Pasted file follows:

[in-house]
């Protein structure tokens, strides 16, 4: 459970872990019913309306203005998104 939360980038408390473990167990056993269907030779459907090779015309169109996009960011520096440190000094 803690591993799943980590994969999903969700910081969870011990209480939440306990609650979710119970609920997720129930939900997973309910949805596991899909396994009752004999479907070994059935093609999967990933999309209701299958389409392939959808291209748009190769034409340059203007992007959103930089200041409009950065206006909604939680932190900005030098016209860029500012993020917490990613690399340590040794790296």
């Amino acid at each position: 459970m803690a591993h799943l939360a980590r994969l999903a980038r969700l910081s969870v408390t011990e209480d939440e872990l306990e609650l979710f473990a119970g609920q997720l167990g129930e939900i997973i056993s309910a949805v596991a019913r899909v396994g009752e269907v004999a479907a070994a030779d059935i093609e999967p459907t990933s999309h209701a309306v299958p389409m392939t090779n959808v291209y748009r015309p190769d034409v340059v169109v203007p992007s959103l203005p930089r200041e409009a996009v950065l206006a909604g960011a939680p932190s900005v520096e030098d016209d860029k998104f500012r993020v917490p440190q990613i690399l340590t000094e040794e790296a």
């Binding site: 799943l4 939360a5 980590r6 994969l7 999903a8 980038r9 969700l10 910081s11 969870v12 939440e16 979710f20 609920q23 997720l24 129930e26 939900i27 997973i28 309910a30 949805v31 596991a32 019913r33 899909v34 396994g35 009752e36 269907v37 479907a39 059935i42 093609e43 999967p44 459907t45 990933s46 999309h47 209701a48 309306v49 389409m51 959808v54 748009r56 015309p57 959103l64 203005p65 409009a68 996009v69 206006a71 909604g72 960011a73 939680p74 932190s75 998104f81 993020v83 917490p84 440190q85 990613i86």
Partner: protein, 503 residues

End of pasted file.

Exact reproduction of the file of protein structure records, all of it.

[in-house]
């Protein structure tokens, strides 16, 4: 459970872990019913309306203005998104 939360980038408390473990167990056993269907030779459907090779015309169109996009960011520096440190000094 803690591993799943980590994969999903969700910081969870011990209480939440306990609650979710119970609920997720129930939900997973309910949805596991899909396994009752004999479907070994059935093609999967990933999309209701299958389409392939959808291209748009190769034409340059203007992007959103930089200041409009950065206006909604939680932190900005030098016209860029500012993020917490990613690399340590040794790296």
């Amino acid at each position: 459970m803690a591993h799943l939360a980590r994969l999903a980038r969700l910081s969870v408390t011990e209480d939440e872990l306990e609650l979710f473990a119970g609920q997720l167990g129930e939900i997973i056993s309910a949805v596991a019913r899909v396994g009752e269907v004999a479907a070994a030779d059935i093609e999967p459907t990933s999309h209701a309306v299958p389409m392939t090779n959808v291209y748009r015309p190769d034409v340059v169109v203007p992007s959103l203005p930089r200041e409009a996009v950065l206006a909604g960011a939680p932190s900005v520096e030098d016209d860029k998104f500012r993020v917490p440190q990613i690399l340590t000094e040794e790296a």
């Binding site: 799943l4 939360a5 980590r6 994969l7 999903a8 980038r9 969700l10 910081s11 969870v12 939440e16 979710f20 609920q23 997720l24 129930e26 939900i27 997973i28 309910a30 949805v31 596991a32 019913r33 899909v34 396994g35 009752e36 269907v37 479907a39 059935i42 093609e43 999967p44 459907t45 990933s46 999309h47 209701a48 309306v49 389409m51 959808v54 748009r56 015309p57 959103l64 203005p65 409009a68 996009v69 206006a71 909604g72 960011a73 939680p74 932190s75 998104f81 993020v83 917490p84 440190q85 990613i86």
Partner: protein, 503 residues